These a great little over views a good way to explain the basic way science works, but generally you don’t revisit this idea unless your get into the second or third year of university. Let me tell you that while this is a good learning tool it’s does not actually tell you much at all. So rather then just assuming people understand the scientific method I’m going to examine what each point means, and how a scientist might go about creating or finding a question, or procedures.
The next post will be about where do scientific questions come from? Where do us scientists get our ideas from.
If you have any ideas you’d like me to examine comment below and I’ll start making a list.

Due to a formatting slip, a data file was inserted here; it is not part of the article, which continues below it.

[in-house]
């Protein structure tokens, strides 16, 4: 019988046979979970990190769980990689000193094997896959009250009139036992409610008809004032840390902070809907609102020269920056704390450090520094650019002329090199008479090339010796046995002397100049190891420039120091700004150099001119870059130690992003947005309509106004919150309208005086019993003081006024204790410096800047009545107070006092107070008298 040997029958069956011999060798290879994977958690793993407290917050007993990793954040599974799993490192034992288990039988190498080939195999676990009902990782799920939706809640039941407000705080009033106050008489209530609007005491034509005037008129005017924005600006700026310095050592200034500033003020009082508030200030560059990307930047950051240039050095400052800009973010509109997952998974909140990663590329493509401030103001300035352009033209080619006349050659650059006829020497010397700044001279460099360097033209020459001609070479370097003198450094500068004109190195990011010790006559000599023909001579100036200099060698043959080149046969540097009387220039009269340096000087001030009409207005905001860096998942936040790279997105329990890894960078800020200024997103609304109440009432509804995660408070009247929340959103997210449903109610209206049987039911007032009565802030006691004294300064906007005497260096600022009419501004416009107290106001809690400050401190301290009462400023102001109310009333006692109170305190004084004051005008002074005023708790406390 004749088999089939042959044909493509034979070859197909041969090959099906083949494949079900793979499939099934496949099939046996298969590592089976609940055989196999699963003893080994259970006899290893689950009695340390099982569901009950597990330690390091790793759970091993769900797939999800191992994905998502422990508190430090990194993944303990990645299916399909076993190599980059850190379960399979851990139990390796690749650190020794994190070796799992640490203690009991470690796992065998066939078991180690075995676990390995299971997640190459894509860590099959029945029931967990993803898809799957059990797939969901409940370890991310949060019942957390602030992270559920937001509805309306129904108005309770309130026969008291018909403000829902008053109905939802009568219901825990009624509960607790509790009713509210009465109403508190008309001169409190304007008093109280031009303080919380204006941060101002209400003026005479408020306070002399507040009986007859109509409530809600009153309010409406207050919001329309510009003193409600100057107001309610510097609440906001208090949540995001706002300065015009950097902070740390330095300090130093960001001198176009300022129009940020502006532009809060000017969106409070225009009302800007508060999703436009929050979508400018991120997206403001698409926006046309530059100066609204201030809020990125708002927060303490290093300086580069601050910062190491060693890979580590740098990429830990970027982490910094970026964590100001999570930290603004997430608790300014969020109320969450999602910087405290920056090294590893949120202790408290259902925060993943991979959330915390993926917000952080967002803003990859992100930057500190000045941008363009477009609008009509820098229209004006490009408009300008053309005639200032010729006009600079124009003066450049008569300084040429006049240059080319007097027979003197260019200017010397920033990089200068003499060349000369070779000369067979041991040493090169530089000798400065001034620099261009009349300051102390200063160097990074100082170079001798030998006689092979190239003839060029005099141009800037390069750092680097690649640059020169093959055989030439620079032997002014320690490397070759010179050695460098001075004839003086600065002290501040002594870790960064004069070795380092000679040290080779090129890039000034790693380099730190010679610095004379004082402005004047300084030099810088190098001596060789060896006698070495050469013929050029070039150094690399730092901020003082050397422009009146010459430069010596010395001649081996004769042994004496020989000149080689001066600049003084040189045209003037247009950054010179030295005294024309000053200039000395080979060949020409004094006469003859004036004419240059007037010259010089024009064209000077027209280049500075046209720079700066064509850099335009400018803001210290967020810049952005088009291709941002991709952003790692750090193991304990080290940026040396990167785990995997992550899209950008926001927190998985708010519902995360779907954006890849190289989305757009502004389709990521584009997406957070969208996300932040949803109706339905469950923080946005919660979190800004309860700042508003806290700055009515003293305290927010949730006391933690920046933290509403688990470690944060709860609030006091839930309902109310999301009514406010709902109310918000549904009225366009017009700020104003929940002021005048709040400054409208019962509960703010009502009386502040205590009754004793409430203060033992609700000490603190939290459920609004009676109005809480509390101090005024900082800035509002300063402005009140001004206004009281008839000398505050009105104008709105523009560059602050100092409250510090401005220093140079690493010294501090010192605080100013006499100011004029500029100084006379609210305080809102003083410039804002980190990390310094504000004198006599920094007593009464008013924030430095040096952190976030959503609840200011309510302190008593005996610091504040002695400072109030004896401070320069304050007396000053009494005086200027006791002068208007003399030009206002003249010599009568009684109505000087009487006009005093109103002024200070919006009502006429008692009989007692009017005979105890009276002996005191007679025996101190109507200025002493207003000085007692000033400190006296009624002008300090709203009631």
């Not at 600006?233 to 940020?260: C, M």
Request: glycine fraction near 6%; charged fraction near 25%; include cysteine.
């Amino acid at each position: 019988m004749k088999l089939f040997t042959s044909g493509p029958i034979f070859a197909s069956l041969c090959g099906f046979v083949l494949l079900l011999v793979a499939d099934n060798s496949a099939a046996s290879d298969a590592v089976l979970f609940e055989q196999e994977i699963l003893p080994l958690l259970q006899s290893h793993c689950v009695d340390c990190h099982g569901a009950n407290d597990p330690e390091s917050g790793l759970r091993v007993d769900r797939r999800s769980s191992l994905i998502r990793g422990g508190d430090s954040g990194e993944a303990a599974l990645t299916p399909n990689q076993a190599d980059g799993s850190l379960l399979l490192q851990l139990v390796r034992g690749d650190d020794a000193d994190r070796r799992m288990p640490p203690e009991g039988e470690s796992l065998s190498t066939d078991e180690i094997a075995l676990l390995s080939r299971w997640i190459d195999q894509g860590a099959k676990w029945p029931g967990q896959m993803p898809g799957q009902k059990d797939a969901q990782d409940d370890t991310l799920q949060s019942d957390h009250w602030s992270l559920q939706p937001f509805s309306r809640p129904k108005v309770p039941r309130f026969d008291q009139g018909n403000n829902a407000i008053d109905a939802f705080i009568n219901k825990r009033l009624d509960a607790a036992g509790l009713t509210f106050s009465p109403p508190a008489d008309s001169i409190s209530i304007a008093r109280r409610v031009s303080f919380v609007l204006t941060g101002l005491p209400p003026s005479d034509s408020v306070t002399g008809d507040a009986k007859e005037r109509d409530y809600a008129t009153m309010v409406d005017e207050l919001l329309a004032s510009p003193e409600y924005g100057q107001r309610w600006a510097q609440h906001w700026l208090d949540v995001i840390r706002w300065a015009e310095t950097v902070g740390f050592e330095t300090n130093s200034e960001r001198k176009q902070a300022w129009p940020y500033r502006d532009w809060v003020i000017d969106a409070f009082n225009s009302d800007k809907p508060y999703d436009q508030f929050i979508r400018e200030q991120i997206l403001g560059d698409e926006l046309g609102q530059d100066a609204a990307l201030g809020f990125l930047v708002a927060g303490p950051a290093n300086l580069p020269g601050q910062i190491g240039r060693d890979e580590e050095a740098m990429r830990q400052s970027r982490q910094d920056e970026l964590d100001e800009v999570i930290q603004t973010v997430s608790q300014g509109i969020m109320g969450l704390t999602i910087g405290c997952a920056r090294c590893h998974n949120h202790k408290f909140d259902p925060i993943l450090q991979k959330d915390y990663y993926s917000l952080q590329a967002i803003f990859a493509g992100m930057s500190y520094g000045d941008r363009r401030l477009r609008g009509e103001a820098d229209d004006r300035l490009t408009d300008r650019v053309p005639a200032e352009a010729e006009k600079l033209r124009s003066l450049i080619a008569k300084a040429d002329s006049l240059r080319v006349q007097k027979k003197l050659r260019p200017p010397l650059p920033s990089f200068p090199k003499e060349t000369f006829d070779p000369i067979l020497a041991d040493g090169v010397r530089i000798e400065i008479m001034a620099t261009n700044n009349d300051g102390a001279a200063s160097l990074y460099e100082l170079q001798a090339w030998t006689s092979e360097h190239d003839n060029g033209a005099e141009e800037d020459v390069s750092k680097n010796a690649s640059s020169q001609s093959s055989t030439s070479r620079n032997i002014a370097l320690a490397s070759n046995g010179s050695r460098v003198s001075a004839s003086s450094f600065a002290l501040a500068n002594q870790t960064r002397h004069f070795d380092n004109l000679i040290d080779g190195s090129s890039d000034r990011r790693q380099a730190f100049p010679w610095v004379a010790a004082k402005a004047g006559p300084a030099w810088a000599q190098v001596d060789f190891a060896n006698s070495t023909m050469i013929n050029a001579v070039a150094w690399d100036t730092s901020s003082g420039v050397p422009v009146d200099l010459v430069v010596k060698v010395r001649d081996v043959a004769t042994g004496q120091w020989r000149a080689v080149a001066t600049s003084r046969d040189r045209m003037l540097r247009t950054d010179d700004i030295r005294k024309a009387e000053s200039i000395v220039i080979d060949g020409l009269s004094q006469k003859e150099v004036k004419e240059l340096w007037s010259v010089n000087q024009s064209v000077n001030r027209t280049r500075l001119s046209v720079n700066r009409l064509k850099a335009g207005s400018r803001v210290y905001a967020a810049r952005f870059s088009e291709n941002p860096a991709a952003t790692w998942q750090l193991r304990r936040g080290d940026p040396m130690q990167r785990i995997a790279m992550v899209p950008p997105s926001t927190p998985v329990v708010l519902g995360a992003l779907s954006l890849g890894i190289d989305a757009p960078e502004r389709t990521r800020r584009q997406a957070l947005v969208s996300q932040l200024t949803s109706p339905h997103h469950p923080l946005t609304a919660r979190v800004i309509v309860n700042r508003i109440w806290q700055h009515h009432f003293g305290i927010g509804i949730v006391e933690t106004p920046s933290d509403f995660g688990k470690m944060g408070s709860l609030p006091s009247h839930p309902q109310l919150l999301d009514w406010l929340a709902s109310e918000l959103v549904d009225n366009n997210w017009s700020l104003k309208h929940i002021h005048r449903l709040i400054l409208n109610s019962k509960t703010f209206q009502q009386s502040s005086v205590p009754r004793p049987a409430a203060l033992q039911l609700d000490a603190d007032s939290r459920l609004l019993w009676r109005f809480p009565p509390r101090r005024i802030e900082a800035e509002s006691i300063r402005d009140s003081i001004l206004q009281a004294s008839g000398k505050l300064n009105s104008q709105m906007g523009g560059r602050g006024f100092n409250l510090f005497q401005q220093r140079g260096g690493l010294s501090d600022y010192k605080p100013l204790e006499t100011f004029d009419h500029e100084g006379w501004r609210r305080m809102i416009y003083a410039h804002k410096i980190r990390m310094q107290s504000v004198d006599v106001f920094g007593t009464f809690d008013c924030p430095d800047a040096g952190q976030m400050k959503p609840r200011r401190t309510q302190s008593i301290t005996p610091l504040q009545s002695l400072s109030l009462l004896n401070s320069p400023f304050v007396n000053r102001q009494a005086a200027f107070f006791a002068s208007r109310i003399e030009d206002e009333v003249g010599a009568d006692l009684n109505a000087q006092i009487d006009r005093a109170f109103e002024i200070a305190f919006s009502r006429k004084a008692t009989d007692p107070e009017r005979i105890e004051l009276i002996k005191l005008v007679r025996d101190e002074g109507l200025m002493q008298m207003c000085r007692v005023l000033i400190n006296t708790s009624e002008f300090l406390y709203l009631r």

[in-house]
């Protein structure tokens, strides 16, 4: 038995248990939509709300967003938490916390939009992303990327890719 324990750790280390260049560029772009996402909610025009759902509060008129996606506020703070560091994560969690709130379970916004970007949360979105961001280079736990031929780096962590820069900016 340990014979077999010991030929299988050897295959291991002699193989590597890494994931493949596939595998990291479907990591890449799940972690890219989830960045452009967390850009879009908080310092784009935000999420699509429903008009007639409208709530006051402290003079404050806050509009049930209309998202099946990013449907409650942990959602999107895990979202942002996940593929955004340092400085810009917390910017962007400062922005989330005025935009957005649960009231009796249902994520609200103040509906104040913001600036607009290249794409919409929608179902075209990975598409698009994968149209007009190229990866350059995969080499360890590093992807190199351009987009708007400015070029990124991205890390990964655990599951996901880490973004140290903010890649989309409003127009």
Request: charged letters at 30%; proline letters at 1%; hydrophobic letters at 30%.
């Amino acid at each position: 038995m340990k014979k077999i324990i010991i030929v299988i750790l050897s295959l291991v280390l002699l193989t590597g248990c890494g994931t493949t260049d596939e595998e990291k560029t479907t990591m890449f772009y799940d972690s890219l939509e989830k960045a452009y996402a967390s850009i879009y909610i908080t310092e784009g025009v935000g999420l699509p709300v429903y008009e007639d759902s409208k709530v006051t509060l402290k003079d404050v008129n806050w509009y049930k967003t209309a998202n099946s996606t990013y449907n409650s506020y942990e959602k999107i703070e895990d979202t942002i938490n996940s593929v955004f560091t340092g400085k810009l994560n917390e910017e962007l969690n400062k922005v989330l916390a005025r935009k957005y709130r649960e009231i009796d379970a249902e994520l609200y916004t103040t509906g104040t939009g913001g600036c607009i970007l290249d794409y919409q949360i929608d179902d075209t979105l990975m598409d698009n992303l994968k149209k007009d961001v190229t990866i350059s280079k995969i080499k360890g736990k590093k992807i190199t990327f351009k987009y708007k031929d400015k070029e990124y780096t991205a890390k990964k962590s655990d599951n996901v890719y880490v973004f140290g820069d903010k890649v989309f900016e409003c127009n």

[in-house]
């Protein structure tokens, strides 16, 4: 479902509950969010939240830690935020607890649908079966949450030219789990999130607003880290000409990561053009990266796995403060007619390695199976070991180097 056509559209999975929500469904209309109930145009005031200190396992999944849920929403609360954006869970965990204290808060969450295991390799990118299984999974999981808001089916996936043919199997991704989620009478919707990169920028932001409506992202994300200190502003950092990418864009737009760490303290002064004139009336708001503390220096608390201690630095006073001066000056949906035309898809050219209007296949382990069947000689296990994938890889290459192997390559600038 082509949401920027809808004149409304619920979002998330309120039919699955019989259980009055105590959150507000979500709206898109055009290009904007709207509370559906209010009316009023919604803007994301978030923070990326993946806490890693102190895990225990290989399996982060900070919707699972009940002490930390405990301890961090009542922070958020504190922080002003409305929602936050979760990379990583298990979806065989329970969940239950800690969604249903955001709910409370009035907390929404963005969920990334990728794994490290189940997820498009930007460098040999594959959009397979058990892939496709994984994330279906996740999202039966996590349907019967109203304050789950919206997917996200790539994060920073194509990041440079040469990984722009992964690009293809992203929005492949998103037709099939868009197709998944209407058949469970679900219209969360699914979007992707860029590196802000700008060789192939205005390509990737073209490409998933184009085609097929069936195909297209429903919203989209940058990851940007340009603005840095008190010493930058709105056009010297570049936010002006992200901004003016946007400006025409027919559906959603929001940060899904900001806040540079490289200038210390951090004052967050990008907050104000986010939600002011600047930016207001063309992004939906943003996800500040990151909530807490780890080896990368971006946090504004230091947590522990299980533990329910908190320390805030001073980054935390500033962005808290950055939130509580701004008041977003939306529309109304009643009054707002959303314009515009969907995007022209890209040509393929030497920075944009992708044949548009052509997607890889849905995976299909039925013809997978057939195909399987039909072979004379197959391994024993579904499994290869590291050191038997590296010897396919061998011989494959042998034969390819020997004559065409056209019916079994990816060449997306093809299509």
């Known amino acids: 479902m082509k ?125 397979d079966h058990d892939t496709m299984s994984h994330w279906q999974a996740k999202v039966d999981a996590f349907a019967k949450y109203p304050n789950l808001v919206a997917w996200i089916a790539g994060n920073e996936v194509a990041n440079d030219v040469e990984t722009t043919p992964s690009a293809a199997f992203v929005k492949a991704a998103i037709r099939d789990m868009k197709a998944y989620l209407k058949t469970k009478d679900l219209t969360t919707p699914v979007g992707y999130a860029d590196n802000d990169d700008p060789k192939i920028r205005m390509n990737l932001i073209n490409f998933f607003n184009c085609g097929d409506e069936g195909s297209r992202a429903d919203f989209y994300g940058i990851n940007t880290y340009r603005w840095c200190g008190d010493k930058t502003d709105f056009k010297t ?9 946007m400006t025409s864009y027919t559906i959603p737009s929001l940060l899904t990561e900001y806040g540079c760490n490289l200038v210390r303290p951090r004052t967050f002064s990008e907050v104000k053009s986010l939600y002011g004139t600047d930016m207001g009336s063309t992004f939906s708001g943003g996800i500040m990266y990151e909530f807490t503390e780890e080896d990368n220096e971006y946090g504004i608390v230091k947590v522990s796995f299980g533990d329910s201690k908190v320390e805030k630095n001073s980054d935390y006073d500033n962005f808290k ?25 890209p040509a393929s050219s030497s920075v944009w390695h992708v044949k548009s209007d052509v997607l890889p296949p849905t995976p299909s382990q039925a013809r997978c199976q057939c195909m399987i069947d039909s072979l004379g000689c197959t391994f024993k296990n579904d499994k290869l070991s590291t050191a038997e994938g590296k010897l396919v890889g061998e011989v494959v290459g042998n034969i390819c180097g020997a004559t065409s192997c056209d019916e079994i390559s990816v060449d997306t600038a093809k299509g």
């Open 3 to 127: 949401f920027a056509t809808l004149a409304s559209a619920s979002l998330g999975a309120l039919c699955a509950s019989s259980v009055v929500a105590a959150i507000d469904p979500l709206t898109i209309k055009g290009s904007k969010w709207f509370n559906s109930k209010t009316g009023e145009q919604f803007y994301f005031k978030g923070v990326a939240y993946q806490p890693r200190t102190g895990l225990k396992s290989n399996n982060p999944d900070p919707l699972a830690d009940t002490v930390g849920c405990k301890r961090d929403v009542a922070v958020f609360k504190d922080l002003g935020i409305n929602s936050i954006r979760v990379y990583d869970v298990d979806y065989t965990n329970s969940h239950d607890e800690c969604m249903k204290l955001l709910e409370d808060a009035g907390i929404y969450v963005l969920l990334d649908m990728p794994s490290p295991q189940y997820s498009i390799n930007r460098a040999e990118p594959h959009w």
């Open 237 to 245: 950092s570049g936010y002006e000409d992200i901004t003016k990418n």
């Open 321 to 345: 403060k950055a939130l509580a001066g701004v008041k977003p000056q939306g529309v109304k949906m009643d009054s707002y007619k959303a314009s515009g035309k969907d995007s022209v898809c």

Beginning tomorrow I’ll begin an ongoing series where I go into the more esoteric, and the ill explained idea of science, as well as exploring the philosophy of science.
With this series I don’t intend open the door to allow for a deeper look into what science really is.
The good the Bad and the Ugly, and a lot of things I just find fun to talk about.
Tomorrow I’ll begin posting about the scientific method, and where good scientific questions come from.
See you then.
I watched this documentary yesterday and I thought it would make for a great discussion. Since we have both Christians (and I’m sure some theists who are not Christian) and atheists following this blog, I thought it might be worthwhile to see what you lot have to say about this documentary.
If you have the time, please watch the documentary and tell us your thoughts on it in the comment section.